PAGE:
Kidney transplant patients to get blood matched for white blood cells

A new pilot scheme launching this month will match blood transfusions intended for kidney transplant patients for white blood cells as well as red blood cells, reducing the risk of transplant rejection.

The announcement comes as the wait for kidney transplants is at a ten-year high, with 5,870 people in the UK on the waiting list at the end of March. If the pilot proves successful and a national matching programme is rolled out, it could cut the time people spend on the waiting list.

A specialist laboratory in Colindale, London, will match the blood and then supply it to selected pre- and post-transplant patients at Hammersmith Hospital in London, part of the Imperial College Healthcare NHS Trust.

Matching for white blood cell type – also known as tissue or HLA type – is not usually needed for most blood transfusions, as the creation of HLA (human leucocyte tissue antigen) antibodies by the immune system against unmatched white blood cells from transfused blood has no effect.

In transplant patients, however, the HLA antibodies may identify the transplanted kidney as ‘foreign’ and attack it, which can lead to transplant rejection. One in four people waiting for a transplant have a delay in finding a match because of their body’s antibody response, and some patients are never offered a suitable match.

Dr Colin Brown, NHSBT Consultant Clinical Scientist, Head of Histocompatibility and Immunogenetics at Colindale, said:

“This is an innovative pilot programme, and we hope to improve patient outcomes.

“Each year, around 1,000 kidney patients who are transplanted will also receive a transfusion. If all of them could benefit from a successful transfusion programme and a wider roll out, our models show 100 kidney transplants a year could be saved.”

Around two out of every five kidney transplant patients need blood transfusions before or after receiving a transplant, but these transfusions have been linked by NHS Blood and Transplant analysis to a doubled risk of transplant rejection because of the creation of HLA antibodies. By matching for white blood cell type, the NHS hopes to reduce this problem.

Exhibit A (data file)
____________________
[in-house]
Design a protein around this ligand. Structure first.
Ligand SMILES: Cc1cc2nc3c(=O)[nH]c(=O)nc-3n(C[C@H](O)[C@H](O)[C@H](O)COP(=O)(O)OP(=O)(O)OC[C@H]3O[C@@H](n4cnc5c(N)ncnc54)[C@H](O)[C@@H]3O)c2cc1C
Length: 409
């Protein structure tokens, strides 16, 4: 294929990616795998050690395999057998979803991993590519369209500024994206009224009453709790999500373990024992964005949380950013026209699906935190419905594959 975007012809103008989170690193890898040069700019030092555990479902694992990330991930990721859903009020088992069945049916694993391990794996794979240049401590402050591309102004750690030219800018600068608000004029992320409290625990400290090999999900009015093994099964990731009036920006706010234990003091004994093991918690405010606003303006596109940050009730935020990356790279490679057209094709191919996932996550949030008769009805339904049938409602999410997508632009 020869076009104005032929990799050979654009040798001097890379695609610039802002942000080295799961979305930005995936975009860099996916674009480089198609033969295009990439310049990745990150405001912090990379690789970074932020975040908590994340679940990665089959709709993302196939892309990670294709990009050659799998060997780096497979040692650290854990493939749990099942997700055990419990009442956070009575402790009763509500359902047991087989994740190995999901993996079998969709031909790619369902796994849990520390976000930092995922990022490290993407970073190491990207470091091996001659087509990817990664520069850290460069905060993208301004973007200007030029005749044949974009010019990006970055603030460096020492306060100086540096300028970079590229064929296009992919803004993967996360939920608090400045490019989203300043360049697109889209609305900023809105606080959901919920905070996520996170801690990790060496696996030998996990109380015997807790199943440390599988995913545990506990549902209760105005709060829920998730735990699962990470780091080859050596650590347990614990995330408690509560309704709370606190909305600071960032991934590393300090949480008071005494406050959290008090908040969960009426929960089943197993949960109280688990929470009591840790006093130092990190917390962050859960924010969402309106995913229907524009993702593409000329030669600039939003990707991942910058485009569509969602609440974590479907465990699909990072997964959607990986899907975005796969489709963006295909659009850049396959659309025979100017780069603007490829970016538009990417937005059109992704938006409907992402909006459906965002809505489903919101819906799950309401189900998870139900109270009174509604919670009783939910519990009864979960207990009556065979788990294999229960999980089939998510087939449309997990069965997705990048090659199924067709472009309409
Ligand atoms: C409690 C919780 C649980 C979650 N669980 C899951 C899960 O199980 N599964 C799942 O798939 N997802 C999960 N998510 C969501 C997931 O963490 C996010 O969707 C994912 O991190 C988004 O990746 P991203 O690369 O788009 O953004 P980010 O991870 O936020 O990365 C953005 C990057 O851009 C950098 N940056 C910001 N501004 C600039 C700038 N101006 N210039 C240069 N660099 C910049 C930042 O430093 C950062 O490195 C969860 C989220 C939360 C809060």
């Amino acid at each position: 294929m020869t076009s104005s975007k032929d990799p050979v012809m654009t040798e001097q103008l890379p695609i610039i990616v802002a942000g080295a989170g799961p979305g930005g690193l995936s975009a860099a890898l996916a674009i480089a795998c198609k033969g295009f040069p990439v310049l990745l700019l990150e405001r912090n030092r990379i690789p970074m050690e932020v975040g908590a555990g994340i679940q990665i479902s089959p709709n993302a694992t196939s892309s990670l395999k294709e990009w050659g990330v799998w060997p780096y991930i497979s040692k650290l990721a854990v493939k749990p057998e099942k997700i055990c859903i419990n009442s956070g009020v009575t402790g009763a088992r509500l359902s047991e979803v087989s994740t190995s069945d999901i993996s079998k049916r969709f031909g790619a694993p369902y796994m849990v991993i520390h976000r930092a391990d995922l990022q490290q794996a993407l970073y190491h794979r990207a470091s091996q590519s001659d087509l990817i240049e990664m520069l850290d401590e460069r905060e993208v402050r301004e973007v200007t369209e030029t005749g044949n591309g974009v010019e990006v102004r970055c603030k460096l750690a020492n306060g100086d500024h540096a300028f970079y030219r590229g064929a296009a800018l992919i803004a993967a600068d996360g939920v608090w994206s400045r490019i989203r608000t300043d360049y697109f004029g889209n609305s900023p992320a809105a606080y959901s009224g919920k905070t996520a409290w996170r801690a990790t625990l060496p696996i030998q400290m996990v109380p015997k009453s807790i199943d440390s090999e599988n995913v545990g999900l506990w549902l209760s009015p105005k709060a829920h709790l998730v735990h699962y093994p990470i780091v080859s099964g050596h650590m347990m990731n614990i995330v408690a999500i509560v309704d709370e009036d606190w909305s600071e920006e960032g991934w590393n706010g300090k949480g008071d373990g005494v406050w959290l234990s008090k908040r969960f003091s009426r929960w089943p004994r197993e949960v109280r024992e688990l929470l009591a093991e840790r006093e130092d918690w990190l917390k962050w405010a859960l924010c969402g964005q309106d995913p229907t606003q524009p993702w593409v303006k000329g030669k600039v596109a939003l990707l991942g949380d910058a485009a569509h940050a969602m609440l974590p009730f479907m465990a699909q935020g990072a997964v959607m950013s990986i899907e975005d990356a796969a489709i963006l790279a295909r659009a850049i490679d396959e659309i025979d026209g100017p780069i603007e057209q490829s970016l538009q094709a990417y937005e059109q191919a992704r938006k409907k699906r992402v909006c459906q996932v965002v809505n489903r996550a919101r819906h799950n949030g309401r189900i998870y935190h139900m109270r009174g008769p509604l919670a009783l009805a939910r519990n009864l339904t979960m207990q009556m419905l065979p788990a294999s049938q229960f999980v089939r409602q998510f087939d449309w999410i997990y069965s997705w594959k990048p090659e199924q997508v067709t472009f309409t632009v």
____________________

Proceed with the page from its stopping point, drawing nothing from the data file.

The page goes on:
Dr Michelle Willicombe, Transplant Nephrology Lead at Imperial College Healthcare NHS Trust, said:

“There is no known effective treatment for HLA antibodies, which can be a barrier to successful transplantation. This important innovation will help prevent their development before and after transplantation, where a blood transfusion cannot be avoided. We hope it will make a meaningful difference to our patients.”

Fiona Loud, Policy Director at Kidney Care UK, said:

“Receiving a transplant and then maintaining one for as long as possible is so important for people with kidney failure. Waiting for a transplant is incredibly hard and those with greater antibody sensitisation can wait even longer. Organ rejection is a huge concern for people who have had a transplant, and this pilot will give them the hope of longevity.

“With the waiting list at a ten-year high and 80% of the people on the list waiting for a kidney, we need action to improve the outlook for people with kidney disease when it comes to transplantation in the UK.”

  • Alisha Gorkani
  • Gemma Louis

Alisha Gorkani (left) and Gemma Louis (right)

Alisha Gorkani, aged 25, from Sidcup in the London Borough of Bexley, a solutions advisor for a tech company, has juvenile nephronophthisis and has spent seven years waiting for a matching kidney transplant.

She has developed antibodies from a mix of blood transfusions and a past kidney transplant.

Alisha said: “I have a lot of antibodies so I could be waiting a very long time. I try to make the best of things but waiting for a kidney and being on dialysis is incredibly hard.

“It does give me hope that people like me could have better matched blood in the future. There are thousands of people hoping for a miracle match.”

Married mum of two boys Gemma Louis from Chester-le-Street has waited 11 years for a kidney transplant due to sensitisation from a blood transfusion. 

The 44-year-old civil servant has chronic kidney disease and needs four hours of dialysis three days a week. “I told initially my wait would be twice as long as normal, so around six years. I am 11 years in now,” said Gemma.

“I knew I would a long wait purely because of the antibodies I developed to the transfusion. It’s harder to find a match which won’t be rejected. This programme sounds like it could potentially help people like me in the future. I know people at my unit who are even more sensitized.

“In general, there is still a need for more organ donors. I absolutely think people should join the Organ Donor Register. I think most people would be willing to accept so why wouldn’t you be willing to donate?”